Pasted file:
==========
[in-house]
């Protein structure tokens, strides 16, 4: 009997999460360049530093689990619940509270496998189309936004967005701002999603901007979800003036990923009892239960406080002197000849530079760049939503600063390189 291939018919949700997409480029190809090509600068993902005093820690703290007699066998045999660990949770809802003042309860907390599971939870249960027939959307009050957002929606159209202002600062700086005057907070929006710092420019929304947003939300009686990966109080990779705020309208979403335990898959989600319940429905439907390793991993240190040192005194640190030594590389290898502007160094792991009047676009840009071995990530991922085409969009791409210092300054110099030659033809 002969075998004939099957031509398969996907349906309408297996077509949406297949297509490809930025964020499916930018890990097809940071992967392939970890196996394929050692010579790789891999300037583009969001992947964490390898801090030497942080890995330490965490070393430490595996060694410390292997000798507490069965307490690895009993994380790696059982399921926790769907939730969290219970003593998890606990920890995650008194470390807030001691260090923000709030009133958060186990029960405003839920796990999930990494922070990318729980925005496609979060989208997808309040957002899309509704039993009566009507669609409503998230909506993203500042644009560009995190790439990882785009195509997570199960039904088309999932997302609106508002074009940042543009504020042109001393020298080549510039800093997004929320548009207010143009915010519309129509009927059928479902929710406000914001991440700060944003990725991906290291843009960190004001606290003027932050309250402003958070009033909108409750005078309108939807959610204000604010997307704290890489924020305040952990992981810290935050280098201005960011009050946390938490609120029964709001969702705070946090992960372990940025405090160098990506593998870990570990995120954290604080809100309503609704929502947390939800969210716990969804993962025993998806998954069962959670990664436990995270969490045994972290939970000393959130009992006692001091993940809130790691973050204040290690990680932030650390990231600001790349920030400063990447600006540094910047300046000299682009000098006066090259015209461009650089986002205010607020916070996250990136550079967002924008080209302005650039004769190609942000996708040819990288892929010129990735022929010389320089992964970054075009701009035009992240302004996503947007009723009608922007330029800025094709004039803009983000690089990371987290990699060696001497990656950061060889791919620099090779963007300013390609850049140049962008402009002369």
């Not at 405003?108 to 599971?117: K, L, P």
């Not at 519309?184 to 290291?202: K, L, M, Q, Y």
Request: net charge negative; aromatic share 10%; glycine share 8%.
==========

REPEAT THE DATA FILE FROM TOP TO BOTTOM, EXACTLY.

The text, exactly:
[in-house]
């Protein structure tokens, strides 16, 4: 009997999460360049530093689990619940509270496998189309936004967005701002999603901007979800003036990923009892239960406080002197000849530079760049939503600063390189 291939018919949700997409480029190809090509600068993902005093820690703290007699066998045999660990949770809802003042309860907390599971939870249960027939959307009050957002929606159209202002600062700086005057907070929006710092420019929304947003939300009686990966109080990779705020309208979403335990898959989600319940429905439907390793991993240190040192005194640190030594590389290898502007160094792991009047676009840009071995990530991922085409969009791409210092300054110099030659033809 002969075998004939099957031509398969996907349906309408297996077509949406297949297509490809930025964020499916930018890990097809940071992967392939970890196996394929050692010579790789891999300037583009969001992947964490390898801090030497942080890995330490965490070393430490595996060694410390292997000798507490069965307490690895009993994380790696059982399921926790769907939730969290219970003593998890606990920890995650008194470390807030001691260090923000709030009133958060186990029960405003839920796990999930990494922070990318729980925005496609979060989208997808309040957002899309509704039993009566009507669609409503998230909506993203500042644009560009995190790439990882785009195509997570199960039904088309999932997302609106508002074009940042543009504020042109001393020298080549510039800093997004929320548009207010143009915010519309129509009927059928479902929710406000914001991440700060944003990725991906290291843009960190004001606290003027932050309250402003958070009033909108409750005078309108939807959610204000604010997307704290890489924020305040952990992981810290935050280098201005960011009050946390938490609120029964709001969702705070946090992960372990940025405090160098990506593998870990570990995120954290604080809100309503609704929502947390939800969210716990969804993962025993998806998954069962959670990664436990995270969490045994972290939970000393959130009992006692001091993940809130790691973050204040290690990680932030650390990231600001790349920030400063990447600006540094910047300046000299682009000098006066090259015209461009650089986002205010607020916070996250990136550079967002924008080209302005650039004769190609942000996708040819990288892929010129990735022929010389320089992964970054075009701009035009992240302004996503947007009723009608922007330029800025094709004039803009983000690089990371987290990699060696001497990656950061060889791919620099090779963007300013390609850049140049962008402009002369």
């Not at 405003?108 to 599971?117: K, L, P």
């Not at 519309?184 to 290291?202: K, L, M, Q, Y």
Request: net charge negative; aromatic share 10%; glycine share 8%.